outdoor cycling

Transitioning Your Training to Outside

By: C.Lewis

Let’s be honest… we LOVE to train outside.  The daily grind of pool swims, trainer rides, and treadmill runs can get pretty old pretty quick.  How do we make the transition from indoor training to outdoor training as smooth as possible?

Indoor training has its benefits, there is a lot of focus that comes from all outside distractions being removed.  While swimming, for example, the pool is a great place to get your speed work done over the winter.  Your hard, fast efforts are way more attainable when you aren’t worrying about sighting, current, and swimming into other people.  These efforts are also easy to time and track your progress on.  Not as easy to do in the open water!

Indoor cycling has come a long way as well, there are so many ways to enjoy your long indoor rides over the winter.  Especially with programs like CompuTrainer and Zwift, trainer rides have never been so much fun!  Indoor cycling can really improve your strength and power.  You’re able to do efforts with no distractions from stoplights, wind, cars, pedestrians, potholes… the list goes on.  In fact, you can spend 30% less time on an indoor training ride to get the same effect as an outdoor ride.  That’s a huge time saver!

Running on the treadmill is never much fun for anyone, but it allows you to focus on your stride, breathing, gait, and nutrition.  All of these focused training sessions help improve our training dramatically!

Now it’s getting to that time where we can finally go outside.  Let’s make this transition smooth and keep focused during outdoor training!

Swimming in open water isn’t always possible, not all of us have access to a beautiful lake right outside our doorstep.  So, swimming in the pool will have to do!  There are a lot of drills you can practice to simulate open water swimming and race starts if you are unable to get any real OWS time.  You should also make sure to try on your wetsuit and make sure everything is still working before your first race.  If you can get into the open water, get in 1-2 OWS workouts per week.  Do your endurance sets in the open water and practice sighting.  Keep going to the pool at least once per week to keep your speed work up through race season.  Get out and swim with other people if possible!  Practice drafting in the water as much as you can, this will help you during the race!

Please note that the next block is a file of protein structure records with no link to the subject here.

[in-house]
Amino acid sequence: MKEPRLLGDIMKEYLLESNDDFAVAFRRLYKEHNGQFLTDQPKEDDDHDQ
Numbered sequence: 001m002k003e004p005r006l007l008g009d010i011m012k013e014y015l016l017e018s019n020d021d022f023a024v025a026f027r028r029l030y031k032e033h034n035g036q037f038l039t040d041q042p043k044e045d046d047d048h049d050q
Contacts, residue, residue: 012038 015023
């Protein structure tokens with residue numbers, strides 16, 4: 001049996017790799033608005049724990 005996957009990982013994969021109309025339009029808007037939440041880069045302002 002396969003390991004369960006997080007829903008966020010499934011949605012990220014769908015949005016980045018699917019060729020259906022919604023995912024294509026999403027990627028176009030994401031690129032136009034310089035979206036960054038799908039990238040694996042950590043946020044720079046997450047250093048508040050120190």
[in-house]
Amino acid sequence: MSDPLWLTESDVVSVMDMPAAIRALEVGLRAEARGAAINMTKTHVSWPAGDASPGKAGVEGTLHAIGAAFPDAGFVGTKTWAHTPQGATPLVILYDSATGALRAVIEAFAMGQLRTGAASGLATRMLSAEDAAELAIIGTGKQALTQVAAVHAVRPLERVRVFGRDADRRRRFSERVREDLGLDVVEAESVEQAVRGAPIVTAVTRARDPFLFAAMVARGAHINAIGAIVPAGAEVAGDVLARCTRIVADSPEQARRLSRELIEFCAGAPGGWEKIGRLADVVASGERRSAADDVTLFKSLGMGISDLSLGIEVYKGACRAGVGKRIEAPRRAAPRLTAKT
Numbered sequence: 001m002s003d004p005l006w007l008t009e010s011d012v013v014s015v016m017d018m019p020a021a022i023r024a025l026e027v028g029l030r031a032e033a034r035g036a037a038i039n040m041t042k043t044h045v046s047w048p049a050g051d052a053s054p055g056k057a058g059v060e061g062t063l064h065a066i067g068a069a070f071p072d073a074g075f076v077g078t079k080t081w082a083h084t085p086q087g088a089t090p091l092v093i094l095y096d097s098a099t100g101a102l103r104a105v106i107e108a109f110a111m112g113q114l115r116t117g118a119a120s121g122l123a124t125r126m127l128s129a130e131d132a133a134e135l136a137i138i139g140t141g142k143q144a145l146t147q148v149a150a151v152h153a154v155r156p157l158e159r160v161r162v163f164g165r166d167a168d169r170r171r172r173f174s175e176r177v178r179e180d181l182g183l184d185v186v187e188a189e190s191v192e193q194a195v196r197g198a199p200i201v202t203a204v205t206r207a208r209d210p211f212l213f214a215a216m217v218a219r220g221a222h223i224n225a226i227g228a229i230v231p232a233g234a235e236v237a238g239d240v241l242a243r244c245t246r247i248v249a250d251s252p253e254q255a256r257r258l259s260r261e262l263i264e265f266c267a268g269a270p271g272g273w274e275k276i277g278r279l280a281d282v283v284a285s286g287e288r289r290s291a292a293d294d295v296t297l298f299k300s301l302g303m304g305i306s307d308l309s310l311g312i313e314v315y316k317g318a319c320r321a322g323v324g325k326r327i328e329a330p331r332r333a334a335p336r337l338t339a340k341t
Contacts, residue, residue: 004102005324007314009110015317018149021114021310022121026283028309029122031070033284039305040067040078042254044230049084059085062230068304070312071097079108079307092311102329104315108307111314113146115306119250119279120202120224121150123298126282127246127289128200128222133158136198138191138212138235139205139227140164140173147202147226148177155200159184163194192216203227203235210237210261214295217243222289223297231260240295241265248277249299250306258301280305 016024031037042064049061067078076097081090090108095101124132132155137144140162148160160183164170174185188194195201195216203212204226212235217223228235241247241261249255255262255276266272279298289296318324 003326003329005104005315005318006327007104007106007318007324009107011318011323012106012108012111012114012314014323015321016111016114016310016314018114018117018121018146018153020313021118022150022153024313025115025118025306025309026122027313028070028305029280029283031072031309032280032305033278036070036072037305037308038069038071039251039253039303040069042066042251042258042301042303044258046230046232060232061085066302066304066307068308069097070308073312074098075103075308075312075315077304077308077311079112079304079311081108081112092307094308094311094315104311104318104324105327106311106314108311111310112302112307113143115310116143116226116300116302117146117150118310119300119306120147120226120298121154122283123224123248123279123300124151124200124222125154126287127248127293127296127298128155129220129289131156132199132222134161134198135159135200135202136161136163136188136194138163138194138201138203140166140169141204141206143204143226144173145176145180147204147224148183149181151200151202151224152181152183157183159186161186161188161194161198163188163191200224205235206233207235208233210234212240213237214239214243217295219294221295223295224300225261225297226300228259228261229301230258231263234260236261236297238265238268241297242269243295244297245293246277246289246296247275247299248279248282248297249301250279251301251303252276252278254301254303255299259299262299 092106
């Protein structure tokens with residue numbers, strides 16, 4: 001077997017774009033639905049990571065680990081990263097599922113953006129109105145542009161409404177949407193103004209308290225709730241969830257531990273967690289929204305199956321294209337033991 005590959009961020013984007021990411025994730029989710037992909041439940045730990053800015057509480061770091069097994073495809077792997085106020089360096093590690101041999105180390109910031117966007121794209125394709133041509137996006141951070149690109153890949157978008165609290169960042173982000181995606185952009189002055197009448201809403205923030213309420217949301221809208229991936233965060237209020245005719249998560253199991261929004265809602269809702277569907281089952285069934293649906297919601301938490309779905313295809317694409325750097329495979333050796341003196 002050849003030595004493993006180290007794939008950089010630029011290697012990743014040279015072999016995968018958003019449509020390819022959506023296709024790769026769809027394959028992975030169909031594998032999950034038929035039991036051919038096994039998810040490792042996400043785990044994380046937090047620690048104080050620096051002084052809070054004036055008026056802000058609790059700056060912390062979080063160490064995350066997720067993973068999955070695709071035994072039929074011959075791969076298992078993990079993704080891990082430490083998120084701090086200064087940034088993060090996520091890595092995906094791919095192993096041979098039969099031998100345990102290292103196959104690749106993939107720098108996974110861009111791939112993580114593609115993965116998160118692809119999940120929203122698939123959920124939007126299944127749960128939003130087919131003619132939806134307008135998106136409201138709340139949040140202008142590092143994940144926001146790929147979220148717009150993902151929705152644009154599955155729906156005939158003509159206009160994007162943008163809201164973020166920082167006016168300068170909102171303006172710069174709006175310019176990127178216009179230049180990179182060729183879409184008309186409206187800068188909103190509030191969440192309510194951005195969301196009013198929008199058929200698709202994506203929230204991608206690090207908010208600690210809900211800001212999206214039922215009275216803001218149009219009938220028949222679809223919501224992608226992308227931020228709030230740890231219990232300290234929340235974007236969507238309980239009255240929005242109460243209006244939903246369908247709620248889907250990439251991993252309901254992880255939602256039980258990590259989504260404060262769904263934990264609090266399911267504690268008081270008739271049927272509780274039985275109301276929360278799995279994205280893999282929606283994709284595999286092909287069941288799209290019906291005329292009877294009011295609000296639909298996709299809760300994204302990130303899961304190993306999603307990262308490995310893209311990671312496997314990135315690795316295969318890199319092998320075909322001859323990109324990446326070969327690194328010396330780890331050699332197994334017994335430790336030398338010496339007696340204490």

Cycling outside can be difficult if you live in a city.  For those country side, small town riders, get out as much as you can!  Make sure you’re getting one long ride in each week that is longer than race distance.  If you’re racing Olympic distance triathlon, your race will consist of a 40km bike.  Try to get at least 40-45km done on your long rides so you know you can handle that distance no problem.  For your other rides, make sure you get some good speed work in such as a time trial or sprints.  You can also include some hill repeats every week or every two weeks.  For those city goers, you may choose to still ride indoors a few times per week.  To get outside, find a quiet route that you feel comfortable riding and make that your long, weekend ride route.  Make sure you are using your race gear!  Practice getting on and off you bike as you would in a triathlon, try riding in your race suit, test out some of your new equipment.  You don’t want any surprises come race day.

And now, we run… running outside can be way more fun than the dreadmill.  Running may be one of the easiest sports to transition outside because you can go anywhere right out your front door.  Many runners do run outside during the winter, especially on those long runs. To make the most of your outdoor running, include endurance, speed, and sprint work.  Make your long runs at or more than your race distance.  Track your speed and practice some race pace runs.  Include a track workout each week with short sprint efforts and a speed workout with longer efforts such as 1 mile repeats.  Keep record of all your split times and track your improvements!

The number one thing to remember when transitioning outside is that you need to bring nutrition with you.  On the treadmill, this is easy, the bottle and gels are right there the whole time.  When we go outside however, many of us don’t like running with a bottle or a fuel belt.  It is important to keep your body fueled and hydrated, especially on your long runs.  Find a method that works for you.  This could be a handheld bottle or a few gels in your pocket.  There are so many products out there to help runners stay comfortable while carrying nutrition, test some out and find something you like!  It will benefit you in the long run… literally.

As triathletes, we love it when the weather starts to change.  This means we can spend all the time we want training outside and feeling race ready.  This is the first sign that race season is approaching, let’s roll with it and get out there!

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*Chiropractic services provided by Cindy Lewis Professional Corporation

Burlington, ON



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